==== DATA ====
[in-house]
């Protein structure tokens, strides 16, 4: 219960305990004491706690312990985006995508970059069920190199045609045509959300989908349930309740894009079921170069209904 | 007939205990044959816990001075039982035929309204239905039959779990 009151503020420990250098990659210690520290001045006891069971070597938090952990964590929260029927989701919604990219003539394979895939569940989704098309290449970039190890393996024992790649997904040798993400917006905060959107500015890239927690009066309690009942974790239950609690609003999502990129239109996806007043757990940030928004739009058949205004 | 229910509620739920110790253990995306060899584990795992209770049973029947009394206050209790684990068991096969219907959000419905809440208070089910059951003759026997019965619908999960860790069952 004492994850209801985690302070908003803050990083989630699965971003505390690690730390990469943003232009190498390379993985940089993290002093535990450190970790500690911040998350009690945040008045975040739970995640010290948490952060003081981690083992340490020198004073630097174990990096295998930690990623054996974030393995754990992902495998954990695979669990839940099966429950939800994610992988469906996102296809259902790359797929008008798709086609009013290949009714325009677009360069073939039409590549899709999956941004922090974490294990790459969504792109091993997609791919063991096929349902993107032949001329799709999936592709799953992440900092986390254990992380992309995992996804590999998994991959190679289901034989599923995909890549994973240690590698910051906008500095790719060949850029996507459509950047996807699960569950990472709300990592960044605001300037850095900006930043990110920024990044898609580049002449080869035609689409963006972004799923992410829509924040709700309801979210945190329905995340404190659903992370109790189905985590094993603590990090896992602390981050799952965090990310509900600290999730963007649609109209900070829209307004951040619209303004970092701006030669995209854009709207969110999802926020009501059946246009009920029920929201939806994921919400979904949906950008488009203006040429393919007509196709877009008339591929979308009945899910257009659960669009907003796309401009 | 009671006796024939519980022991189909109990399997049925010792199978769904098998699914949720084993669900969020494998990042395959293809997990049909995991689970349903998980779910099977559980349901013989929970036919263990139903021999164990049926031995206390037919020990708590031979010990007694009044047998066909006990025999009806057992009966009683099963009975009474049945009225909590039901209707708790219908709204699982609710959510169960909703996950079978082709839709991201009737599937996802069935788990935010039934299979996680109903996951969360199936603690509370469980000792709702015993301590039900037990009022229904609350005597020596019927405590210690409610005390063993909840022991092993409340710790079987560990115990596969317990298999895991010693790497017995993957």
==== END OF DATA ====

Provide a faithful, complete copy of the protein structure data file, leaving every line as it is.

[in-house]
């Protein structure tokens, strides 16, 4: 219960305990004491706690312990985006995508970059069920190199045609045509959300989908349930309740894009079921170069209904 | 007939205990044959816990001075039982035929309204239905039959779990 009151503020420990250098990659210690520290001045006891069971070597938090952990964590929260029927989701919604990219003539394979895939569940989704098309290449970039190890393996024992790649997904040798993400917006905060959107500015890239927690009066309690009942974790239950609690609003999502990129239109996806007043757990940030928004739009058949205004 | 229910509620739920110790253990995306060899584990795992209770049973029947009394206050209790684990068991096969219907959000419905809440208070089910059951003759026997019965619908999960860790069952 004492994850209801985690302070908003803050990083989630699965971003505390690690730390990469943003232009190498390379993985940089993290002093535990450190970790500690911040998350009690945040008045975040739970995640010290948490952060003081981690083992340490020198004073630097174990990096295998930690990623054996974030393995754990992902495998954990695979669990839940099966429950939800994610992988469906996102296809259902790359797929008008798709086609009013290949009714325009677009360069073939039409590549899709999956941004922090974490294990790459969504792109091993997609791919063991096929349902993107032949001329799709999936592709799953992440900092986390254990992380992309995992996804590999998994991959190679289901034989599923995909890549994973240690590698910051906008500095790719060949850029996507459509950047996807699960569950990472709300990592960044605001300037850095900006930043990110920024990044898609580049002449080869035609689409963006972004799923992410829509924040709700309801979210945190329905995340404190659903992370109790189905985590094993603590990090896992602390981050799952965090990310509900600290999730963007649609109209900070829209307004951040619209303004970092701006030669995209854009709207969110999802926020009501059946246009009920029920929201939806994921919400979904949906950008488009203006040429393919007509196709877009008339591929979308009945899910257009659960669009907003796309401009 | 009671006796024939519980022991189909109990399997049925010792199978769904098998699914949720084993669900969020494998990042395959293809997990049909995991689970349903998980779910099977559980349901013989929970036919263990139903021999164990049926031995206390037919020990708590031979010990007694009044047998066909006990025999009806057992009966009683099963009975009474049945009225909590039901209707708790219908709204699982609710959510169960909703996950079978082709839709991201009737599937996802069935788990935010039934299979996680109903996951969360199936603690509370469980000792709702015993301590039900037990009022229904609350005597020596019927405590210690409610005390063993909840022991092993409340710790079987560990115990596969317990298999895991010693790497017995993957």